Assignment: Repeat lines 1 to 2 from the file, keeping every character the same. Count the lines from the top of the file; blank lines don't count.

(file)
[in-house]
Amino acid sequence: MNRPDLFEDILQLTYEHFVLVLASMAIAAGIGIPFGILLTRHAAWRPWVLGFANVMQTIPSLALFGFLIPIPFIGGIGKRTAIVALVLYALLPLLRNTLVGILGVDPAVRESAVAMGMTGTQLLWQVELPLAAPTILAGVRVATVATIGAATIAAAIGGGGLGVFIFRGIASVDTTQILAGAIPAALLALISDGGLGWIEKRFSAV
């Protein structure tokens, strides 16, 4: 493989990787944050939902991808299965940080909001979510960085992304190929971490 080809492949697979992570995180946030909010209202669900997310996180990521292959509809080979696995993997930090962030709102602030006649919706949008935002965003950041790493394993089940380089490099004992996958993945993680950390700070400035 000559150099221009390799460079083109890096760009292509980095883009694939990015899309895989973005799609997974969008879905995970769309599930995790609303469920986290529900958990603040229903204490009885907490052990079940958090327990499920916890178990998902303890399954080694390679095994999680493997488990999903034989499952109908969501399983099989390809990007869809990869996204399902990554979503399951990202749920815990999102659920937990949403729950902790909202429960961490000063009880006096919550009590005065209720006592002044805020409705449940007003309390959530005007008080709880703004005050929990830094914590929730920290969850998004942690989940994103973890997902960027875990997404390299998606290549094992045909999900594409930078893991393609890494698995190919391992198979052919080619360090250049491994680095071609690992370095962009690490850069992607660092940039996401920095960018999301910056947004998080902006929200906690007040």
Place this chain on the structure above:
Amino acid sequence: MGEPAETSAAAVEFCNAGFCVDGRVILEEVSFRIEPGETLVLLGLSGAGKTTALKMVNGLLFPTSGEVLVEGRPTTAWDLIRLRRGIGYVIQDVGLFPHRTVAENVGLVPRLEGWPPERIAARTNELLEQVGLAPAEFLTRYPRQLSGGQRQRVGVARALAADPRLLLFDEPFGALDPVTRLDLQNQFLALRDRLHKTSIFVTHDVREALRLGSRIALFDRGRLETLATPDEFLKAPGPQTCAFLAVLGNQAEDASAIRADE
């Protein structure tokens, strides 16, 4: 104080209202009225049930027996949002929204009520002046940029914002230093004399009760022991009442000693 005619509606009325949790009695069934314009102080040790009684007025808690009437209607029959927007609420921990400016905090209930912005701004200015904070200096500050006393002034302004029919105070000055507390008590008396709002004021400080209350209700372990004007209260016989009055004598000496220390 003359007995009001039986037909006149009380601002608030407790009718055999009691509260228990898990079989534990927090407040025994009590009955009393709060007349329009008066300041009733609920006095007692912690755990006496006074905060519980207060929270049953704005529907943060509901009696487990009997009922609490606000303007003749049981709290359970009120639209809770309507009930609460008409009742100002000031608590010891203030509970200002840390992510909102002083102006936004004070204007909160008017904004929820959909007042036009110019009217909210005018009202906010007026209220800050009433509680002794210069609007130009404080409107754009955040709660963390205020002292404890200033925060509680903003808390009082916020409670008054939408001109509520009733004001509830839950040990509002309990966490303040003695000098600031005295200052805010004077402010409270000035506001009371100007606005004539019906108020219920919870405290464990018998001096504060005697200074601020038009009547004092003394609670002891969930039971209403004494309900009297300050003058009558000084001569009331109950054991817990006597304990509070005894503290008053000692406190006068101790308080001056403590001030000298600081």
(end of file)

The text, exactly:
[in-house]
Amino acid sequence: MNRPDLFEDILQLTYEHFVLVLASMAIAAGIGIPFGILLTRHAAWRPWVLGFANVMQTIPSLALFGFLIPIPFIGGIGKRTAIVALVLYALLPLLRNTLVGILGVDPAVRESAVAMGMTGTQLLWQVELPLAAPTILAGVRVATVATIGAATIAAAIGGGGLGVFIFRGIASVDTTQILAGAIPAALLALISDGGLGWIEKRFSAV